What would be your response if you heard the words Gandhi and technology in the same sentence? No one would associate Mahatma Gandhi, Father of the Nation, associated with science and technology in any way, shape or form.
What is the first thing that comes to your mind when you think about the freedom struggle? Surely, one of them is not technology, is it? However, we are going to discuss about Gandhi’s suggestions on eradicating poverty during the freedom struggle via science & technology.
Many people are aware of his contributions to the Indian Independence Movement like the Sabarmati Ashram, Salt Dandi March, Quit India Movement, among many others but nothing much in the field of science & technology.
If you were to look at some of his photos, it becomes abundantly clear that Gandhi had very a very strong opinion on technology and modernity and was not really passionate about it and, in fact, was a passionate opponent of it.
He refused to wear a business suit and instead preferred a loincloth, he always used a pencil instead of a typewriter, and many of his associates have said that he much preferred a plowed field to a belching manufactory.
Many people, even today, say that had the processor existed or had come out during his lifetime, he would have completely abhorred it because the word itself has a technological ring to it that he would not have been fond of.
However, while Gandhi was against technology, he had, it seems, strong reasons to feel that because he did not like the de-humanizing aspect of machinery and was highly worried about the inequality that modern technology and mechanization might create.
But he always preferred machines that were of use to the masses and improved their lives in a much better way by reducing manual labour considerably. He felt the singer sewing machine was the best invention ever created and was always on the lookout for ways to make the charkha look even better and wanted the entire nation to use it.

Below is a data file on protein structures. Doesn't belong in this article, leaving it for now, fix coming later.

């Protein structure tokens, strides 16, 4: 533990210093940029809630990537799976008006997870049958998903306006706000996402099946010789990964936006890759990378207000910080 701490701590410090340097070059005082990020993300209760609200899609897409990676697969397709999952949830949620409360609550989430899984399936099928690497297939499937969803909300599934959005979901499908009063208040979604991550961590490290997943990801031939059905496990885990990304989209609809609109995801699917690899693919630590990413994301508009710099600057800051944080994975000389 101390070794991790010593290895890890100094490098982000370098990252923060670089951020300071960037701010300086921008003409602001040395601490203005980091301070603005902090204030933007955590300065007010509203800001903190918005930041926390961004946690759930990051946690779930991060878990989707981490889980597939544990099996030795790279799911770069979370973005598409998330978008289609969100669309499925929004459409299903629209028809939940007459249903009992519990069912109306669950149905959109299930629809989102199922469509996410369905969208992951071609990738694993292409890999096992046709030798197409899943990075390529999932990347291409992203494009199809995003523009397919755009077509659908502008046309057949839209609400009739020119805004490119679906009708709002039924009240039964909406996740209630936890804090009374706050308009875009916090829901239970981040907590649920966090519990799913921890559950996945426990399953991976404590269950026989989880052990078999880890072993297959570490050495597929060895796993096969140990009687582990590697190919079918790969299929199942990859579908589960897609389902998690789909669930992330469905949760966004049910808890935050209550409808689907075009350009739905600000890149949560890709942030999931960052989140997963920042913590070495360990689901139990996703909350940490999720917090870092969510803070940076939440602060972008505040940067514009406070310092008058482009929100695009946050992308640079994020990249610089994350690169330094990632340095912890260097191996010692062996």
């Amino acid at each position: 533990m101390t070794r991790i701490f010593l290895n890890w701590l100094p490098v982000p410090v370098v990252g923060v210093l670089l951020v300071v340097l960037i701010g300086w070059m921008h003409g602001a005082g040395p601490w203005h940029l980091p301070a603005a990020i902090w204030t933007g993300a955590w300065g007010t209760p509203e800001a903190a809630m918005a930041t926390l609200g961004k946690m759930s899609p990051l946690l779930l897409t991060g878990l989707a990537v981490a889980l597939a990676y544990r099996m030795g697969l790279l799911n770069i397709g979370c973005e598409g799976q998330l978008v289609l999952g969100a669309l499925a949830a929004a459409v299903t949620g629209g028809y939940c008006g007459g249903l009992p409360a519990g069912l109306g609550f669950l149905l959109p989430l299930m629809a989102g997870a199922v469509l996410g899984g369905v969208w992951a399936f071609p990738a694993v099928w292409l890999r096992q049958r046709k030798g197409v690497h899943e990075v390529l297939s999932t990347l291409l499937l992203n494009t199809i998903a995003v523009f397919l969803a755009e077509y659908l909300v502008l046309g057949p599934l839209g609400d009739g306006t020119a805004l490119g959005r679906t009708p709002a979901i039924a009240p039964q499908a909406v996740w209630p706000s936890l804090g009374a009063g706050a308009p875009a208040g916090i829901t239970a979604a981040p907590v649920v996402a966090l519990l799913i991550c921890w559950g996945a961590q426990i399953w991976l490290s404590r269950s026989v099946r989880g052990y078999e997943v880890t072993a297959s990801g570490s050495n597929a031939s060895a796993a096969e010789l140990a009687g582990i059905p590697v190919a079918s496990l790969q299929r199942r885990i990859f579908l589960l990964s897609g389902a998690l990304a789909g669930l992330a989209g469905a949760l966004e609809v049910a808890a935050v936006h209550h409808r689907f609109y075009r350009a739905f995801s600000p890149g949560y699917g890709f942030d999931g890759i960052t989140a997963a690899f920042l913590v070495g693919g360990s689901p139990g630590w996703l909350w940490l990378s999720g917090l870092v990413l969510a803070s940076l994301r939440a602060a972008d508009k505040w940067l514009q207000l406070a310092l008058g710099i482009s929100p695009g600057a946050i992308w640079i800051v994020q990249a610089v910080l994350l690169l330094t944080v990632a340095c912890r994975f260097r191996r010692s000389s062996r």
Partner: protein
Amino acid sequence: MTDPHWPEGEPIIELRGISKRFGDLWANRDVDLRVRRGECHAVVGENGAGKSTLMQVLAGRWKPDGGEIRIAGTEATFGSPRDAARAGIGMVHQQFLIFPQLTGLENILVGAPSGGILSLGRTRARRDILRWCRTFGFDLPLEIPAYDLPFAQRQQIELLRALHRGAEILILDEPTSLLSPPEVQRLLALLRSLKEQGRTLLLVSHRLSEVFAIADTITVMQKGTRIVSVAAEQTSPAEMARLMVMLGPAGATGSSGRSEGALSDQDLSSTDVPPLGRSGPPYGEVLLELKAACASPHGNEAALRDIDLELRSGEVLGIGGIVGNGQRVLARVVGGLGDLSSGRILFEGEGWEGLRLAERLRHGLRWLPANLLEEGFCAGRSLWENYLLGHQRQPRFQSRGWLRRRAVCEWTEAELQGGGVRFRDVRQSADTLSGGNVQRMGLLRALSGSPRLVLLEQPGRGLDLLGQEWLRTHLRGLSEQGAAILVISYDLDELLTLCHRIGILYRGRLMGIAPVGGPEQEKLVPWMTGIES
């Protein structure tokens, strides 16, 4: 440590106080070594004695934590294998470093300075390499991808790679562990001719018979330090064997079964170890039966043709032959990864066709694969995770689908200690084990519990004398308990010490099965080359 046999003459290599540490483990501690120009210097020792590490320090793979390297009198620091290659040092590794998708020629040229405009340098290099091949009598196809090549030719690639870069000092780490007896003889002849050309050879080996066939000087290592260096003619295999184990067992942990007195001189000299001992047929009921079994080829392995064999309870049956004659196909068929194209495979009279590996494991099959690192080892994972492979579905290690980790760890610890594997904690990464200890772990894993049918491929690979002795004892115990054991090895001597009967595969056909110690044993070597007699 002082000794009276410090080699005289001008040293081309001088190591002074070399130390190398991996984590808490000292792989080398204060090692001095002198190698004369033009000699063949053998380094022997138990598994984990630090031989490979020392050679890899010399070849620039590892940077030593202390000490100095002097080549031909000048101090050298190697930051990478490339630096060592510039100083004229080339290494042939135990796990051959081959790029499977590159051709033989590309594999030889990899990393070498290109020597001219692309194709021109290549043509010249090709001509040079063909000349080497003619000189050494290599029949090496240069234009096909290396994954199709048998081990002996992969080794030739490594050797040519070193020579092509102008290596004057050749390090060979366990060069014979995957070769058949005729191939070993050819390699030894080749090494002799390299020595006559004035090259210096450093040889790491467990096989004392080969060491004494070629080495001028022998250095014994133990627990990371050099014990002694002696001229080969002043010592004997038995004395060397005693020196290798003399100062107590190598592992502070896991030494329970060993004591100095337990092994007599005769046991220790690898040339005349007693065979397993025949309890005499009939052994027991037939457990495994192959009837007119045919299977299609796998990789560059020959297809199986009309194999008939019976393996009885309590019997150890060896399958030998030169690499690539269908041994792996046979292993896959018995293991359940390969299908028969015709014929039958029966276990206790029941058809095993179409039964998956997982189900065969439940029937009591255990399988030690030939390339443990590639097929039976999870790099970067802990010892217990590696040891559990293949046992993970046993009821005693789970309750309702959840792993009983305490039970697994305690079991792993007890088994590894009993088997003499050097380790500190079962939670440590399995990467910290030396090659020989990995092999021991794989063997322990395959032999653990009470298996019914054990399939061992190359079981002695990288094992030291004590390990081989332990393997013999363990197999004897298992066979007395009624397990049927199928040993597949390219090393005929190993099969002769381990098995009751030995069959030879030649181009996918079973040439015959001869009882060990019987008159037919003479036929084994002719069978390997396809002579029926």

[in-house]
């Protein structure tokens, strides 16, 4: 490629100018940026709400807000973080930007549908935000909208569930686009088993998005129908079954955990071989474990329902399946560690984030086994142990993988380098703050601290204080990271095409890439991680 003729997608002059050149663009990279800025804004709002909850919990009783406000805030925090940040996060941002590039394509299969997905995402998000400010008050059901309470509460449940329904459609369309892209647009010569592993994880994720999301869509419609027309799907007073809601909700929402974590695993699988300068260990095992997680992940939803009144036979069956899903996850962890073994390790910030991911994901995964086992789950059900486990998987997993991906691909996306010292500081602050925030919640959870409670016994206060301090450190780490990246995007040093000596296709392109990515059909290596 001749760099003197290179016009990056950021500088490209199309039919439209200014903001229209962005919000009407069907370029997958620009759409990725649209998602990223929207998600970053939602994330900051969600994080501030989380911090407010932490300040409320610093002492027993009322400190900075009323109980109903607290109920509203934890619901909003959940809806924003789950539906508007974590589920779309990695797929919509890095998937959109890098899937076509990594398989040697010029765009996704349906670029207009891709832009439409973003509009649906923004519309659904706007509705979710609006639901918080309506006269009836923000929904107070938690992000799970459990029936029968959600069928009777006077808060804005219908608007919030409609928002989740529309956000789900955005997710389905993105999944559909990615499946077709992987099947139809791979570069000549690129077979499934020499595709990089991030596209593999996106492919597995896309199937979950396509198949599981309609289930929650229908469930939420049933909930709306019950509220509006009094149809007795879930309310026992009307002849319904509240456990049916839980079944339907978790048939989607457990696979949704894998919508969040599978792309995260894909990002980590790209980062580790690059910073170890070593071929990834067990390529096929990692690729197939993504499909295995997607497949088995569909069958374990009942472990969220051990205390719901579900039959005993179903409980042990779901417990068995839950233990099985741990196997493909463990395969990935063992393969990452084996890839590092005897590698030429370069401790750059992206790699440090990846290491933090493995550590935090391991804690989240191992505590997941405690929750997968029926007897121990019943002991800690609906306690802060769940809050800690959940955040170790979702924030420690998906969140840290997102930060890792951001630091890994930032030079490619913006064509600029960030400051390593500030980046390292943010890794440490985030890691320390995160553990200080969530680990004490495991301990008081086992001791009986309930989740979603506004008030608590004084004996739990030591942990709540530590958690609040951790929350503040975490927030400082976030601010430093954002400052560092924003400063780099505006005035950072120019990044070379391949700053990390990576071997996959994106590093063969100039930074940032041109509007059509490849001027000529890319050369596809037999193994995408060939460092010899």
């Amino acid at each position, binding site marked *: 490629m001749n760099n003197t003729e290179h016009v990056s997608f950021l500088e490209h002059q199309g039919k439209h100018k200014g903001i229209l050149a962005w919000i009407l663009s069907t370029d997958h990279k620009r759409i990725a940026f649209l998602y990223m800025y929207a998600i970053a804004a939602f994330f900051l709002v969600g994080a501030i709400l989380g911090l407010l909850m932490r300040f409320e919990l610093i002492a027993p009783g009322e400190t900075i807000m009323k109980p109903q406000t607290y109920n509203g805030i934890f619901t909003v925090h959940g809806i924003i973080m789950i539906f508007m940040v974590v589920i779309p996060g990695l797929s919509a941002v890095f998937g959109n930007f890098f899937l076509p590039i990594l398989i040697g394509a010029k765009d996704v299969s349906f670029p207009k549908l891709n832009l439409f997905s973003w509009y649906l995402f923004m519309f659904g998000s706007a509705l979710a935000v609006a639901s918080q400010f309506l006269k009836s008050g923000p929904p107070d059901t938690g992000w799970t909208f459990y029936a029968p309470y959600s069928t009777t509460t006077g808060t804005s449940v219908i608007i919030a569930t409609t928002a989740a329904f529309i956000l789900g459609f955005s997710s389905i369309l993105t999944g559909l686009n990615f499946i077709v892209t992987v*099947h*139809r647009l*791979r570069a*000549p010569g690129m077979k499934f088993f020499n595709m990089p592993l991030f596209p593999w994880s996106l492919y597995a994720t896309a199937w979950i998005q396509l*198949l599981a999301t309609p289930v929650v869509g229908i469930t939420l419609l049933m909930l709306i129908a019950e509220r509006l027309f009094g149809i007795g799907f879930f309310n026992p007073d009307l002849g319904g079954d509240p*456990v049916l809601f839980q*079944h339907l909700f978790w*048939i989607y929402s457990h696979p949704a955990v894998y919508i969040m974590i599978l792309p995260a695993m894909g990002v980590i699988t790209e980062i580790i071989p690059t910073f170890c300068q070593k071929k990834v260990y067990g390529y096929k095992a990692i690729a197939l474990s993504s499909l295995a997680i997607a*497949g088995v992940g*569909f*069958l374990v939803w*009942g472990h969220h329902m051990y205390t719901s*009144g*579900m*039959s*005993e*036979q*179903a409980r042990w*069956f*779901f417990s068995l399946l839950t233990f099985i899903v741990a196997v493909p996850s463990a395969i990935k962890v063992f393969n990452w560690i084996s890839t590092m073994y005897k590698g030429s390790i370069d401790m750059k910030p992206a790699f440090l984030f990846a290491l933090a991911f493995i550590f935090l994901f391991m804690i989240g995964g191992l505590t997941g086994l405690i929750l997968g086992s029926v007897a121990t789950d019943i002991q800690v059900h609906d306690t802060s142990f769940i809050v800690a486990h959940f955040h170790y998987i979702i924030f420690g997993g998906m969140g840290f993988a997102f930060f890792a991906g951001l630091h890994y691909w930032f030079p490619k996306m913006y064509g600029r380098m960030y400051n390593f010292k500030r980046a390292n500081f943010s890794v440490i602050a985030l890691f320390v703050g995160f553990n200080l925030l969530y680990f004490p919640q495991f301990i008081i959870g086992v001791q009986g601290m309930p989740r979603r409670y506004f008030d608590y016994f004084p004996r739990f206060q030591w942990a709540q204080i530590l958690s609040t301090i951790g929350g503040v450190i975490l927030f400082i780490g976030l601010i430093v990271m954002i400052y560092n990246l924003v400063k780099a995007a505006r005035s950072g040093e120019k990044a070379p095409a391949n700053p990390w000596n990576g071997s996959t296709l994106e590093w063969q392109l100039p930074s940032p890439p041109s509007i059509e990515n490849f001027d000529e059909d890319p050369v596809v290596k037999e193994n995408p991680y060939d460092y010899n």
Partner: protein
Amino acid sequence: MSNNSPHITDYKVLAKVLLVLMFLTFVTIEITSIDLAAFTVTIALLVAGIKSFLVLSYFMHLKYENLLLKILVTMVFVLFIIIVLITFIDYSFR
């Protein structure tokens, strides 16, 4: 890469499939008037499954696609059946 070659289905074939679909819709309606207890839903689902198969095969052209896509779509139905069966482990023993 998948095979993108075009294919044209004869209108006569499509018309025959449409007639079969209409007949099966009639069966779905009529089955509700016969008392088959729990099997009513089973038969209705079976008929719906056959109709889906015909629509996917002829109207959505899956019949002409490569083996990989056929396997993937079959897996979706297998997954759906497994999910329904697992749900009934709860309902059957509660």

While he was absolutely fine with the modern ways of living, as long as it did not interfere or counter his past learning, he was, till the end, extremely wary of a modern outlook of life and the impact it could have in the future.
This is why he always encouraged people against following the industrial revolution that had taken over the west by storm and had firmly entrenched itself in India as well. Gandhi did his best to stop industrialization from growing and festering in India because he felt the increase in machinery usage increased manufacturing output.
Hind Swaraj, published by him in 1909, has a whole chapter where Gandhi claimed that modern day machinery had completely enslaved a whole new generation of the Indian population in a similar manner to the British by making them completely dependent upon it, as well as arguing that modern day civilization was misusing machinery as a tool by filling the pockets of few people whilst financial hurting the poor even more.
There are many people who argue that Mahatma Gandhi, whilst being a staunch critic of modern machinery, the reality was different because he saw the charkha as the proverbial symbol that will help the nation to freedom where the entire nation enslaved by colonial British Empire could break free from their shackles and stand on their own feet.
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